“Welcome with open arms fellow believers who don’t see things the way you do. And don’t jump all over them every time they do or say something you don’t agree with—even when it seems that they are strong on opinions but weak in the faith department. Remember, they have their own history to deal with. Treat them gently.”  Romans 14:1 The Message (MSG)

The cultural makeup (norms, values, sanctions, folkways and taboos etc.) of various ethnic groups can be used as transitional Phrases of thought or logic, replacing the marginalizing boundaries of dissention, therefore allowing the Language of Reconciliation to speak in the Accent of Peace.

“For instance, a person who has been around for a while might well be convinced that he can eat anything on the table, while another, with a different background, might assume he should only be a vegetarian and eat accordingly. But since both are guests at Christ’s table, wouldn’t it be terribly rude if they fell to criticizing what the other ate or didn’t eat? God, after all, invited them both to the table. Do you have any business crossing people off the guest list or interfering with God’s welcome? If there are corrections to be made or manners to be learned, God can handle that without your help.”

Romans 14:2-4 The Message (MSG)

The Accent of Peace involves respectful communication which is a unifying vehicle, to use the essence of God’s truth through his word. It is  to be relevant and empathetic between parties.

it is not compromise on God’s standards of moral and ethical character. Word choices are not be accusatory or use non respectful language. Respectful Communication is an invitation to move into deeper understanding of one another by acknowledging our differences. It is  communication that challenges it’s participants to stretch outside of their comfort zones.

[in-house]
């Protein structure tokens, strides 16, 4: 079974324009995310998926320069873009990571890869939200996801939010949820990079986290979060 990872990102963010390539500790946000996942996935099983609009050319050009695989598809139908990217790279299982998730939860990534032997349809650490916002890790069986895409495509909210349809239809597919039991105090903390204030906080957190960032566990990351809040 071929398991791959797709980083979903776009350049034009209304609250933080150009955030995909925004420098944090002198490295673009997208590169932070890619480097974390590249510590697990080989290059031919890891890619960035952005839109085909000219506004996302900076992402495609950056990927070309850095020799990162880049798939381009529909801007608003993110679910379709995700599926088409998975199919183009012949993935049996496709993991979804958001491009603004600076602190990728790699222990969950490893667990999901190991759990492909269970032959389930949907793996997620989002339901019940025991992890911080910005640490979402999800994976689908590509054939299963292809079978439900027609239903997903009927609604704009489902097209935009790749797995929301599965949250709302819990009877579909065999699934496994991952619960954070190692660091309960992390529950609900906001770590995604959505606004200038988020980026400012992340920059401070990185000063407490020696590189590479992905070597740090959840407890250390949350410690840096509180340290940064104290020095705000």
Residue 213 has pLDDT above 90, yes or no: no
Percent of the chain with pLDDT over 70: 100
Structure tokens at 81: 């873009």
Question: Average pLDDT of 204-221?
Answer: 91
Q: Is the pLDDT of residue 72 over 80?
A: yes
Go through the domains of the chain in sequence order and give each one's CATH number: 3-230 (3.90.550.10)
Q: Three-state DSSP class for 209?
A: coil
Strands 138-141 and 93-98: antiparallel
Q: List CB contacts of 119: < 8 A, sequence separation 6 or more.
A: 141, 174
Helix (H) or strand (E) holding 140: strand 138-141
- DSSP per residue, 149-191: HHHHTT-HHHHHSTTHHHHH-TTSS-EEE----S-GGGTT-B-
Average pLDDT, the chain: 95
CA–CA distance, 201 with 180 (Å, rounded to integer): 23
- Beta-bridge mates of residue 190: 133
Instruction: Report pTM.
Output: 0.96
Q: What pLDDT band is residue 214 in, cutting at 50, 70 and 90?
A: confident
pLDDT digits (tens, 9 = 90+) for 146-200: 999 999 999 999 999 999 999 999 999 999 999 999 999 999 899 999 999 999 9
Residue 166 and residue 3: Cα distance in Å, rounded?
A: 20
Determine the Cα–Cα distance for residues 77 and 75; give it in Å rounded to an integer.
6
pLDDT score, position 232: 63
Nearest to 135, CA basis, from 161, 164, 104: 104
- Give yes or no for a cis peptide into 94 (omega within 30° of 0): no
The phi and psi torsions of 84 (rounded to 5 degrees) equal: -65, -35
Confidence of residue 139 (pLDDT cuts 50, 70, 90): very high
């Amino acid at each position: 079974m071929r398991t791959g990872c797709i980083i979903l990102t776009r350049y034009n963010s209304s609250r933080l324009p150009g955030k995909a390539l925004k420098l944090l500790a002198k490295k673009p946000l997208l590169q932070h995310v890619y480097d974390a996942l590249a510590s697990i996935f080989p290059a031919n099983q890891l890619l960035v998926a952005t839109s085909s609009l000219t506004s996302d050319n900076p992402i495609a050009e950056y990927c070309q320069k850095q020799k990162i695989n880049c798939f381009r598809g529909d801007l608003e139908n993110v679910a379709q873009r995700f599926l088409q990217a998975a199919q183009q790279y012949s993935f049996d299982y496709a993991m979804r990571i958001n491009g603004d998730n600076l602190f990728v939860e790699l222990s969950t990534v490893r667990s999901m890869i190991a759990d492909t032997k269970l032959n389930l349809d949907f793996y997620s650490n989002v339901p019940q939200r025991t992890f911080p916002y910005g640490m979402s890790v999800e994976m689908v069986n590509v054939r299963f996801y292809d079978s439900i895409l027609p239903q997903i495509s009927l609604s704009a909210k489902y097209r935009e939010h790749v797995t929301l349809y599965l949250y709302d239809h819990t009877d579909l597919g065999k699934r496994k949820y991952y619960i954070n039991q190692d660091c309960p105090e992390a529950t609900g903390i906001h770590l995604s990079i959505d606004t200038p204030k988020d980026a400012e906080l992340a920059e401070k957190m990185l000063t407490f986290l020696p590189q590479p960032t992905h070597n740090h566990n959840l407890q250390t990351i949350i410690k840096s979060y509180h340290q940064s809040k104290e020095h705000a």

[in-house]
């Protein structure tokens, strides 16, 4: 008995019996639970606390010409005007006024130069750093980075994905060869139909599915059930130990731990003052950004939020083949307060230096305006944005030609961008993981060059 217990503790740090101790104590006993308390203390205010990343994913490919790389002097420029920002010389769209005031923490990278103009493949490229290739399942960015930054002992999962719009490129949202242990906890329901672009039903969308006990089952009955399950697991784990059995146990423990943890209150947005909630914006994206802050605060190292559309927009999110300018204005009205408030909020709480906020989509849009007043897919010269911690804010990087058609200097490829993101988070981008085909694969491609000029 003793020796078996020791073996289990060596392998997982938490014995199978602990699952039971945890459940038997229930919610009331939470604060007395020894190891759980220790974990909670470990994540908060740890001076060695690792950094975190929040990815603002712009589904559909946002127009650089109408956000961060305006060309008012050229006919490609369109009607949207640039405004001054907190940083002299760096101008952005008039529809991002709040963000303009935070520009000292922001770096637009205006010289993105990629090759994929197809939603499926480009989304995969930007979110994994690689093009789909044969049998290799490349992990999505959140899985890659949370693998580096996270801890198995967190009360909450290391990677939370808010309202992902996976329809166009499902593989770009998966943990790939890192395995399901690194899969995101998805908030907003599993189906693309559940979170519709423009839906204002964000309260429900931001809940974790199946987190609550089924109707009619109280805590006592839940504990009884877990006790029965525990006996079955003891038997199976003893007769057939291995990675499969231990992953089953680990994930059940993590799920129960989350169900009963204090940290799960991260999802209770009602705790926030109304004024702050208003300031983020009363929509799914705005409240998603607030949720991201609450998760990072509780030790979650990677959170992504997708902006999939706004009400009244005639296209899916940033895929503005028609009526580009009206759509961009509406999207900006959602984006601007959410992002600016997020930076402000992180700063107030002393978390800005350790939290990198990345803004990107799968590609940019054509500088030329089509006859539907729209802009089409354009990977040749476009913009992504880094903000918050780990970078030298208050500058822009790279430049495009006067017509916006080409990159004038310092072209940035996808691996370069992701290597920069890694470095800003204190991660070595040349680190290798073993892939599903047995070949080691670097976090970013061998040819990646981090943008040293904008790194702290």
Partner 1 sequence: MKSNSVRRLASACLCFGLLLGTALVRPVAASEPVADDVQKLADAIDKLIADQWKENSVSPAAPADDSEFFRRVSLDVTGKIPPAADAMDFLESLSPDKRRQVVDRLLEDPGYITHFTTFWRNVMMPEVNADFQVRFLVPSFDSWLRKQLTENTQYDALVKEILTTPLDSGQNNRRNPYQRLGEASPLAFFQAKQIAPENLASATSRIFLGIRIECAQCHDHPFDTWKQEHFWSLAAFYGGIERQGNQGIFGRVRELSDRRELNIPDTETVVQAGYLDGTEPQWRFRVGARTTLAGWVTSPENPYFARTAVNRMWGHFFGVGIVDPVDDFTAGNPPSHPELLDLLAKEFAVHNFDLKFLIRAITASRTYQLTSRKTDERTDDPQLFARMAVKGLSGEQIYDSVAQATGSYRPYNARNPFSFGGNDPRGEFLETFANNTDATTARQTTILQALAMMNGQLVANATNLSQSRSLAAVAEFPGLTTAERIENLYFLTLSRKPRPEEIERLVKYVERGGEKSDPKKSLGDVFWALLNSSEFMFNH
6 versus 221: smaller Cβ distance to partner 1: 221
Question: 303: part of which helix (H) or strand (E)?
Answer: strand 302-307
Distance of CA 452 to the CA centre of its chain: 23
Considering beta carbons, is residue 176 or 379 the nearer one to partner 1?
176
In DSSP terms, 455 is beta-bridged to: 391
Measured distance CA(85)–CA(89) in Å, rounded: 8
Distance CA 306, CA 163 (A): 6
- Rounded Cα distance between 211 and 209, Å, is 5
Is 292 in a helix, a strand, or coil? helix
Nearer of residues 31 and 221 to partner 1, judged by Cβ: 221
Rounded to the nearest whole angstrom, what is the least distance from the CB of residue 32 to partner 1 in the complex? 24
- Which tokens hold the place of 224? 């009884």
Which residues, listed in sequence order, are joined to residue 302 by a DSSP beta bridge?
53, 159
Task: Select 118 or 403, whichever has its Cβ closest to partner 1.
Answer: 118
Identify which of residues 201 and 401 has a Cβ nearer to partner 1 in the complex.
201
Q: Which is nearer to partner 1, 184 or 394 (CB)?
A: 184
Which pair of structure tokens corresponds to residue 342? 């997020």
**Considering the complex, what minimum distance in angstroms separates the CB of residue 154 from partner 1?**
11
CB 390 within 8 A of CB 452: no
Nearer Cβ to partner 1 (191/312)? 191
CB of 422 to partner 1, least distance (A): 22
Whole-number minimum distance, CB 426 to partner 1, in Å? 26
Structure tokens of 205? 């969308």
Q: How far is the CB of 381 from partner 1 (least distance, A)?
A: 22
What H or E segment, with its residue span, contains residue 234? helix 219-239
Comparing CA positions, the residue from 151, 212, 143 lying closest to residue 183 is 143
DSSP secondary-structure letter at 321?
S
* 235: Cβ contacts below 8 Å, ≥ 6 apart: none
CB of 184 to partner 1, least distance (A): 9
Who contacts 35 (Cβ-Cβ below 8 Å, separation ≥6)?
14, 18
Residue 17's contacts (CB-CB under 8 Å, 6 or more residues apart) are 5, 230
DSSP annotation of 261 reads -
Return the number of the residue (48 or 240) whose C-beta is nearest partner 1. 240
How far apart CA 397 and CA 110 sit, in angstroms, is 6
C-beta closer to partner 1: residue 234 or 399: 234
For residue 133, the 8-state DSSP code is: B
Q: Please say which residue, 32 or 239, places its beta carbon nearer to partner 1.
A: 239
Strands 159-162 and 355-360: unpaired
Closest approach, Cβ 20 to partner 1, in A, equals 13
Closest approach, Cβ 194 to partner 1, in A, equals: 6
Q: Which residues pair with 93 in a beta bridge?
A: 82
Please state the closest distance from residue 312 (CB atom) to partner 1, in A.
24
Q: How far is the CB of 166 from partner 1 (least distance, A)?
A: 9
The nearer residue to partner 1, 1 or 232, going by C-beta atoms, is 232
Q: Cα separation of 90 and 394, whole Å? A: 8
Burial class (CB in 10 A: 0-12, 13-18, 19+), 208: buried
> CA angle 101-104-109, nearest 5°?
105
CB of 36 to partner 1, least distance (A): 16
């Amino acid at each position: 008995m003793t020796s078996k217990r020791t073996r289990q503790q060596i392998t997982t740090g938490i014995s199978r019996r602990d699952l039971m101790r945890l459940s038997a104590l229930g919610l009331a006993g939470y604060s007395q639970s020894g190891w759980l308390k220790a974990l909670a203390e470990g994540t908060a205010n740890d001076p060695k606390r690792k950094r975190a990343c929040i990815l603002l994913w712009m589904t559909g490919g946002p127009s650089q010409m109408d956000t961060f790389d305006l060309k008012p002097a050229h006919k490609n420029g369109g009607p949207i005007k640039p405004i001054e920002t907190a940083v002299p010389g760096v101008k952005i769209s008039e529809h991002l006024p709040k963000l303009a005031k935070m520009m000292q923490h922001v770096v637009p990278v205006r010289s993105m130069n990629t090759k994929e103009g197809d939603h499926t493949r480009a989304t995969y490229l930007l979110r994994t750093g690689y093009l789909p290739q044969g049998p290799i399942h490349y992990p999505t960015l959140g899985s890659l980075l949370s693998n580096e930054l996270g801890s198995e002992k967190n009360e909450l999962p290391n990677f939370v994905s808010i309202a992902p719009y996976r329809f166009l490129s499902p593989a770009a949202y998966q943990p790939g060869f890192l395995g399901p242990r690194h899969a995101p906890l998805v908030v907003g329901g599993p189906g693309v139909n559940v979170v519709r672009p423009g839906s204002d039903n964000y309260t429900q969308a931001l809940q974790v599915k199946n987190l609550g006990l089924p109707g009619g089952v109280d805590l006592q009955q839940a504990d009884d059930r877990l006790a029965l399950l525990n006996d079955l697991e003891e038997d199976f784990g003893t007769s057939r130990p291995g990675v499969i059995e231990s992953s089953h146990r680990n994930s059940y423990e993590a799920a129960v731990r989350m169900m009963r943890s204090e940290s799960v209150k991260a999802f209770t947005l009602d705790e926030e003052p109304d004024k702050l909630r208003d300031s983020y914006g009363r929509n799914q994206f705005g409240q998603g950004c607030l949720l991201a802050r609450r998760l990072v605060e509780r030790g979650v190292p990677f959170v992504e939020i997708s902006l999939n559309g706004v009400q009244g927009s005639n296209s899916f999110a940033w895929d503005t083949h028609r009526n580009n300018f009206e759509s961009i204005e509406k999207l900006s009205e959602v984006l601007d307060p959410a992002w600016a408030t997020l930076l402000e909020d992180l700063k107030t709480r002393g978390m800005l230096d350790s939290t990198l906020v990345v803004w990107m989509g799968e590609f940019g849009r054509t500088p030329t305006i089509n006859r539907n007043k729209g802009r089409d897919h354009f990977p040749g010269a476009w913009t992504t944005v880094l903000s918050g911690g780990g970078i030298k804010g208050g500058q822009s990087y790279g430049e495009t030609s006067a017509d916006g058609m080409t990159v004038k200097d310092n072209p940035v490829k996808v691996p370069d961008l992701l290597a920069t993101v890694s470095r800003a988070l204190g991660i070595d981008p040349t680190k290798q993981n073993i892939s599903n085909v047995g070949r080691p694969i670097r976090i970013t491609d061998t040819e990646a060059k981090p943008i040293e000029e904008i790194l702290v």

The words of respectful communication does not cause participants to lose their identity but they help all parties seek to enhance their identities in peaceful unity, one to another on all sides of the ethnic/cultural chasm.

Kevin K. Robinson Executive Director of Accord1

5 Responses to “The Language of Reconciliation”
Check out what others are saying...
  1. […] by “Building the Bridge Together” from all sides of the ethnic/cultural divide. Because,  “If you know me, you will know how to speak correctly to me and concerning me.”- Kevin […]

  2. […] people who are “Building the Bridge Together” over the ethnic/cultural divide and are using the language of reconciliation to make a difference. “You’re blessed when you can show people how to cooperate instead of compete or fight. […]

  3. […] Our “agents of change” are the difference makers who are not defined by ethnic origin, political affiliation, or denomination. They aren’t evangelical in name but are defined by their actions. They are nondescript people “Building the Bridge Together” over the ethnic/cultural divide and are using the language of reconciliation to make a difference. […]

  4. […] to Build the Bridge of unity in our churches and in society in general; however many times our language is anything but that of unity. This is most notable when it is spoken from the dominant ethnic […]

  5. […] this knowledge, all of us can try to do better concerning one another and how we are characterized. The Language of Reconciliation is a tool to be used to establish peace, and where there is peace there is dialog, where is dialog […]